Don’t use more than 6-9 points in total (just gets to hard to keep track of them all).
The more you compare the more you will weed out error. Do these comparisons until you can’t find errors. Now you have concrete units of measure to get widths from and to guide the placement and size of shapes.
This will take a while but it gests faster with time and so does your eye in seeing these height relationships. It can save an enormous out of time from reworking a drawing where you find the height relationships are off. Remember you are not looking for an exact point you are approximating and revising until you can not make any better approximations.
Hope it helps.
yes, very good tipps indeed, thank you guys!
-the aim is to train your eye, right? don't over-measure! when you try to find a point ALWAYS use your eye first to make the best guess you can make and THEN check with the measuring tool (needle/brush) - like mentioned above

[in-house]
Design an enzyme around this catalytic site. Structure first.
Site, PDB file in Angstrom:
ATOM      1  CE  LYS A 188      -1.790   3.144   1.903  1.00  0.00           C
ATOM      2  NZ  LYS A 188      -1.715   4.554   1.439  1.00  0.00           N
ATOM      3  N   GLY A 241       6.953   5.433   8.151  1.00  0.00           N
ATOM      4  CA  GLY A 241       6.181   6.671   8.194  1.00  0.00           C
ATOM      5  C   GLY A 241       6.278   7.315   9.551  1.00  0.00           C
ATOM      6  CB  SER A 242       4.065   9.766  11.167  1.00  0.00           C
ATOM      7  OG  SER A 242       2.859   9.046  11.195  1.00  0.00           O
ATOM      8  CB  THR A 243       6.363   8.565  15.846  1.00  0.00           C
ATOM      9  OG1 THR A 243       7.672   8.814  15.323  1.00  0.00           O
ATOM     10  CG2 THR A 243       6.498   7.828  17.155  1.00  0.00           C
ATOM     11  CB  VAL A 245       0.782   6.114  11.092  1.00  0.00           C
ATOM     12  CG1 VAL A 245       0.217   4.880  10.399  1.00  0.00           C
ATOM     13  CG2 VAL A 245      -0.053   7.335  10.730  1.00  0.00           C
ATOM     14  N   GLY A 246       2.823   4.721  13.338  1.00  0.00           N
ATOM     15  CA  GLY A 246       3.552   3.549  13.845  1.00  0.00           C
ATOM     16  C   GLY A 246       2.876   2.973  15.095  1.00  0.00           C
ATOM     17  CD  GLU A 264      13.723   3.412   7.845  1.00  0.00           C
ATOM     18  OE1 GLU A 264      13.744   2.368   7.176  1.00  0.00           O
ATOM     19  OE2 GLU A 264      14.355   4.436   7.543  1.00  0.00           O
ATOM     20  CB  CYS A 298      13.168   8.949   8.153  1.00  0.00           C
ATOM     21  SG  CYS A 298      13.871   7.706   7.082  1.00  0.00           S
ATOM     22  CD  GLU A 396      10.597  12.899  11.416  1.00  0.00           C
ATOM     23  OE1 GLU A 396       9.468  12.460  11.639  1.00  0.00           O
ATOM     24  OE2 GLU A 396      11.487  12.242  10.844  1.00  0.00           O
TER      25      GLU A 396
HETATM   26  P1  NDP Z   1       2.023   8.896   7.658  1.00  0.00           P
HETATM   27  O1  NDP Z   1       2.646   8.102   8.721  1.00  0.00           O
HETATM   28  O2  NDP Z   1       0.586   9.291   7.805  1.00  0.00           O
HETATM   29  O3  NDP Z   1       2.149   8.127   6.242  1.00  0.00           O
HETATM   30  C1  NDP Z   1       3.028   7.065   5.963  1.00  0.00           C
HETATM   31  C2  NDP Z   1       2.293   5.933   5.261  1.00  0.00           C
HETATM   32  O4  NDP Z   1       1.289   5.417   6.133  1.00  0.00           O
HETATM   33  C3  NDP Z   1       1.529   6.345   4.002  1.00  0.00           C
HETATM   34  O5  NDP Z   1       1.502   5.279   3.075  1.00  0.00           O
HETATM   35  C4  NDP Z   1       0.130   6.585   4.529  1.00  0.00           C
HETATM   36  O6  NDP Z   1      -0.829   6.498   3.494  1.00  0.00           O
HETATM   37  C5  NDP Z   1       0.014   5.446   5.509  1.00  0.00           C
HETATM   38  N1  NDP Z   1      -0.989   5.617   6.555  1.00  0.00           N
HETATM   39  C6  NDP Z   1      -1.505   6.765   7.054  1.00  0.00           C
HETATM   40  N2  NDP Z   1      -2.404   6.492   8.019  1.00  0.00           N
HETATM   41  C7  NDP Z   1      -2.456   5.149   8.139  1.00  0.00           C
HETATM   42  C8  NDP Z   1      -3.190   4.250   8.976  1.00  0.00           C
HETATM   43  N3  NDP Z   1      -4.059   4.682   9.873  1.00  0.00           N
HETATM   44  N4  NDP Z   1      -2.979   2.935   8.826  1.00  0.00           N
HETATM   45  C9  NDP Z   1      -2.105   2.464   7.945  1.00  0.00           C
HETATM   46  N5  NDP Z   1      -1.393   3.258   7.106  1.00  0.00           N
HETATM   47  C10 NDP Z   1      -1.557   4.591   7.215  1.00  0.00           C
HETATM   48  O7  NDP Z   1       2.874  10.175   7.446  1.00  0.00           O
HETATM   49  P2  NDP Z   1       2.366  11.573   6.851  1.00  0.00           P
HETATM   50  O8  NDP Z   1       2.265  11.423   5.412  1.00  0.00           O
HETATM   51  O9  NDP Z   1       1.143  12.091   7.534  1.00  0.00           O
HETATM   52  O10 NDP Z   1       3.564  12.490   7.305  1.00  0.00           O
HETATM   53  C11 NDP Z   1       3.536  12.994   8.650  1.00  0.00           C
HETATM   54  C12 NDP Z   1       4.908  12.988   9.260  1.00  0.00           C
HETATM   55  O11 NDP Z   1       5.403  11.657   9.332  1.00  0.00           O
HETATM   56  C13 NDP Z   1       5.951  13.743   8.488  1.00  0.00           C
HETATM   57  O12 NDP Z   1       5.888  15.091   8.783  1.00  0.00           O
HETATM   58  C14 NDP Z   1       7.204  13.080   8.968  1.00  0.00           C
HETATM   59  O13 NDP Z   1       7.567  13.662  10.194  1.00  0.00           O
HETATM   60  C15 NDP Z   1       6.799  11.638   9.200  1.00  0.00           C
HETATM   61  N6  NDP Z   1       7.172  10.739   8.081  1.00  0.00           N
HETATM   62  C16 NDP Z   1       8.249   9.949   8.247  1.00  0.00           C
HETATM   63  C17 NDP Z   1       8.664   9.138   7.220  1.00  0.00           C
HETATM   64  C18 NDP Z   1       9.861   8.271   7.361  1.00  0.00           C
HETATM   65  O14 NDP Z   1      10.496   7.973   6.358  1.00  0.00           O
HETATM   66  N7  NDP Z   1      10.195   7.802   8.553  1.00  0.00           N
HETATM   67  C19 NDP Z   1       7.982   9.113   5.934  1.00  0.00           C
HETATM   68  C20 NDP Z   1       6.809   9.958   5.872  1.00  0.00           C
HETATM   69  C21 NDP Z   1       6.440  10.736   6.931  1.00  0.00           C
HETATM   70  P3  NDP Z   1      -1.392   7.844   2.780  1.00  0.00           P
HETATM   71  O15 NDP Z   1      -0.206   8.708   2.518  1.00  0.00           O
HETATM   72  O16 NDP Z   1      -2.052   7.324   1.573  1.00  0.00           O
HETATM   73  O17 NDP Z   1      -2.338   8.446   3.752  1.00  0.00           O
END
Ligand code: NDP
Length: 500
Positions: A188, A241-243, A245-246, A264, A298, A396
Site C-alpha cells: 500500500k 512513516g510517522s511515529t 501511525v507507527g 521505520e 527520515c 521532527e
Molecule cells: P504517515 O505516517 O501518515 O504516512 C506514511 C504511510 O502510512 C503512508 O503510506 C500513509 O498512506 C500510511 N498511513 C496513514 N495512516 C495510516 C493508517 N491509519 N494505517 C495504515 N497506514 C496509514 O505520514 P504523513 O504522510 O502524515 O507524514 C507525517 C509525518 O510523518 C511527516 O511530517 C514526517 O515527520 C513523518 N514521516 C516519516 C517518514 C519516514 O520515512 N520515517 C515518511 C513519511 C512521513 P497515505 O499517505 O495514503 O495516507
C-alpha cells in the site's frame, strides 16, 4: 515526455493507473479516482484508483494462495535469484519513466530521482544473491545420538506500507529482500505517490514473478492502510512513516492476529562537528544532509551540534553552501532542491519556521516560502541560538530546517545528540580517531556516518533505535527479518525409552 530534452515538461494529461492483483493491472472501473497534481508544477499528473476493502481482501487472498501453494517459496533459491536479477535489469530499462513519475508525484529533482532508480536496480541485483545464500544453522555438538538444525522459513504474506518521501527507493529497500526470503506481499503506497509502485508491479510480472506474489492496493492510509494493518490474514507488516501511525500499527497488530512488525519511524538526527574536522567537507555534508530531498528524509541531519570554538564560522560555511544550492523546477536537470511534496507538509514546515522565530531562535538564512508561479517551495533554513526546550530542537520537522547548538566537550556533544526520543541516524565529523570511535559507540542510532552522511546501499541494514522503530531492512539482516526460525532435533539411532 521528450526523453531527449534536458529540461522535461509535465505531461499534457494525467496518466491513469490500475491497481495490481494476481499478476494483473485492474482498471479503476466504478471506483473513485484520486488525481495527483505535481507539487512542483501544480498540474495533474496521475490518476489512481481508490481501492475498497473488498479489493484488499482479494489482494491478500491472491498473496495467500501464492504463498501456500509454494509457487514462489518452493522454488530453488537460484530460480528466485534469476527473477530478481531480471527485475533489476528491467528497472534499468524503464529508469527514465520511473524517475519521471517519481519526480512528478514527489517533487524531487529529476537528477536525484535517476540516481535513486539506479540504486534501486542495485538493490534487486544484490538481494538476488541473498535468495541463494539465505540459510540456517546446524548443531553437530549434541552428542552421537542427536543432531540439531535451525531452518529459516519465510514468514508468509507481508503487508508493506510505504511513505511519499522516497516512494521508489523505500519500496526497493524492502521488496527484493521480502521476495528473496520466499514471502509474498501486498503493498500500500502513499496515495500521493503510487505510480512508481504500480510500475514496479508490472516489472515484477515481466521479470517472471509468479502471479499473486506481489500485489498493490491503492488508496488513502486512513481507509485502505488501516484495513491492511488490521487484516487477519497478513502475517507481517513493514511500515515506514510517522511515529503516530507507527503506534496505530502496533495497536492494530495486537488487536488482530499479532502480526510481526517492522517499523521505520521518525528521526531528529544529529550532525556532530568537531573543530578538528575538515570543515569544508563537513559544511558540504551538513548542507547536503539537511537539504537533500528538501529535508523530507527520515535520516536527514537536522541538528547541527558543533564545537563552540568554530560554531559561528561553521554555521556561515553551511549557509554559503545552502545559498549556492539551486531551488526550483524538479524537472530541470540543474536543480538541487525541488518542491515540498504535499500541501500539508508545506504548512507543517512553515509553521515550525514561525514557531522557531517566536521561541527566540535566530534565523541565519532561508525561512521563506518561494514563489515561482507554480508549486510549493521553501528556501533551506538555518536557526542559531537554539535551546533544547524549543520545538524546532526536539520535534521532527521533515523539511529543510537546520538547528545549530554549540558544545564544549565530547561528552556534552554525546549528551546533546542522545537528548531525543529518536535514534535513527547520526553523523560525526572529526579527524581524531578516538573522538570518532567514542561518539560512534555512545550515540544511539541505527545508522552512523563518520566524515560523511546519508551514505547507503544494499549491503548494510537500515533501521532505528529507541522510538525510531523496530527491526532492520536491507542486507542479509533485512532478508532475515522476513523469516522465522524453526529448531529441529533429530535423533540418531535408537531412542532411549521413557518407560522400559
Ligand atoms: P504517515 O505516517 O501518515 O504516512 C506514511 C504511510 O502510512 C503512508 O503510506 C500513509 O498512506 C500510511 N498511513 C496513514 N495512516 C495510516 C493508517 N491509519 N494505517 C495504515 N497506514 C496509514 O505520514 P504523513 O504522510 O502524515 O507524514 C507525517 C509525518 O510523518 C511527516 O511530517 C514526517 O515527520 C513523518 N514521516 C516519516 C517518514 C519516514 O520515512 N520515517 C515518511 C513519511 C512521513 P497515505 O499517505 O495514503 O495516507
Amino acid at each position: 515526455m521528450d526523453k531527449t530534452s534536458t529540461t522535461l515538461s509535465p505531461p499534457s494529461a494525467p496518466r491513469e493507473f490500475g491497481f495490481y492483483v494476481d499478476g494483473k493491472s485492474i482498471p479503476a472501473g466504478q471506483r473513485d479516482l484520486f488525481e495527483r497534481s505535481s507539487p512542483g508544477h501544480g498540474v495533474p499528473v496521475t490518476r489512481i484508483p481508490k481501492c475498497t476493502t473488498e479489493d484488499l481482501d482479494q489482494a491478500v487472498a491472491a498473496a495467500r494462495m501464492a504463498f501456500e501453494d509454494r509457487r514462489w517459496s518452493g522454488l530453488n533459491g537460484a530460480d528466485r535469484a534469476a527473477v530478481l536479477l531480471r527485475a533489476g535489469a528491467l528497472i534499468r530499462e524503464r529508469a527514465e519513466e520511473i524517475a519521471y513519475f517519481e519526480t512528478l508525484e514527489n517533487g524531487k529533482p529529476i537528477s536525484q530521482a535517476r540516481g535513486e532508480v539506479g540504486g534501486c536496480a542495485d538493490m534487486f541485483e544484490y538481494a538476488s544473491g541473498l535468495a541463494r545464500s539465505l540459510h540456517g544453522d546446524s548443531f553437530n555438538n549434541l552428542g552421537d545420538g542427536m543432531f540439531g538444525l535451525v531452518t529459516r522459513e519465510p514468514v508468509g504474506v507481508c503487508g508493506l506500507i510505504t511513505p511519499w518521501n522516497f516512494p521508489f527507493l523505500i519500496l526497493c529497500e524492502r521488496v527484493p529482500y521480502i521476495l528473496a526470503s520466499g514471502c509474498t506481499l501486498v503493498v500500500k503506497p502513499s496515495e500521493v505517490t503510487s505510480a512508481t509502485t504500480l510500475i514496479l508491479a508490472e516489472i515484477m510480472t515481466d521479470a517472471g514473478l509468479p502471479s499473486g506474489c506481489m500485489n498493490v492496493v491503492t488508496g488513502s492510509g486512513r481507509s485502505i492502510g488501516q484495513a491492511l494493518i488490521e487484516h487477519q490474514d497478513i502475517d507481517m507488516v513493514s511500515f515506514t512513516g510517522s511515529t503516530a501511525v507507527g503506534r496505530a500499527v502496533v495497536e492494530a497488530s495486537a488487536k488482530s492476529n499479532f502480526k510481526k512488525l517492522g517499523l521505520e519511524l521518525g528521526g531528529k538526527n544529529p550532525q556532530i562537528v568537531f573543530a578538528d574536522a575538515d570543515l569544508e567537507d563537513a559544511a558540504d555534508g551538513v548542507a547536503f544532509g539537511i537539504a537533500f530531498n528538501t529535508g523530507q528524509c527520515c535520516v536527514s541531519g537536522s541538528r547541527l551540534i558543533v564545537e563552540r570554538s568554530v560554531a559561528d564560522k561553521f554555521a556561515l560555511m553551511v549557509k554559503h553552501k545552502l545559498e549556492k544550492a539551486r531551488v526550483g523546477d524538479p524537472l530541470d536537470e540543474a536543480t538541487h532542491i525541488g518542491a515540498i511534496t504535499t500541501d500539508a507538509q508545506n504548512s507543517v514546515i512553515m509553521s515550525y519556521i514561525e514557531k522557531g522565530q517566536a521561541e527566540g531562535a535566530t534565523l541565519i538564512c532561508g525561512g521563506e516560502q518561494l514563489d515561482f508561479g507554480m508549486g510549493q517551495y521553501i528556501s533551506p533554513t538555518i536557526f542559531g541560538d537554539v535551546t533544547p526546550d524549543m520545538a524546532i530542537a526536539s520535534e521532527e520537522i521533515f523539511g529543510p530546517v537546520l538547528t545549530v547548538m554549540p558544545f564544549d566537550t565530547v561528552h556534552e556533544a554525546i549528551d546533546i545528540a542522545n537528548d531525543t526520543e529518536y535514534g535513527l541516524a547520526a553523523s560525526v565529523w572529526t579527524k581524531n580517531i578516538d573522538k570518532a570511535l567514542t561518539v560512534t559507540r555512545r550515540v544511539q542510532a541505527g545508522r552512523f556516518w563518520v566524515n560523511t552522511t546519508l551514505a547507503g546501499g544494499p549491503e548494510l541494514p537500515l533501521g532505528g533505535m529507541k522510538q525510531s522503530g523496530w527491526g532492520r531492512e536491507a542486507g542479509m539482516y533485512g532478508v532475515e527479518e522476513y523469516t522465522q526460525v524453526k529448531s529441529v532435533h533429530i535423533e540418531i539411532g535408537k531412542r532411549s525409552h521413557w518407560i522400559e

-start with measurements!
-measurements taken horizontally and vertically are usually a lot more precise than something with an angle to it
-to avoid the problem of making a figure appear too long/short/thick/narrow, you can also compare widths with heights, for example: measure elbow to front of belly (yellow line) on the model/original drawing, keep the measurement marked on needle/brush and try to find another relationship where this measurement "fits in", such as chin to bottom of fingers (green line) - then check if the same works on your drawing. the more identical measurements you can find the better, because the more you can easily check on your drawing
hope that helps!
after you measured once, measure again because chances are you didnt get it right the first time... trust me i know
I'm wondering if you have both the drawing you're doing and the drawing you're copying in the same plane? I understand that can make a big difference. Also I read in Art and Visual Perception that most people tend to subdivide a vertical line incorrectly--too high, I think--so it might help to double check that carefully. If it's a small drawing, even a tiny bit could be significant. I have similar problems measuring, so I'm really grateful for this thread. Judy W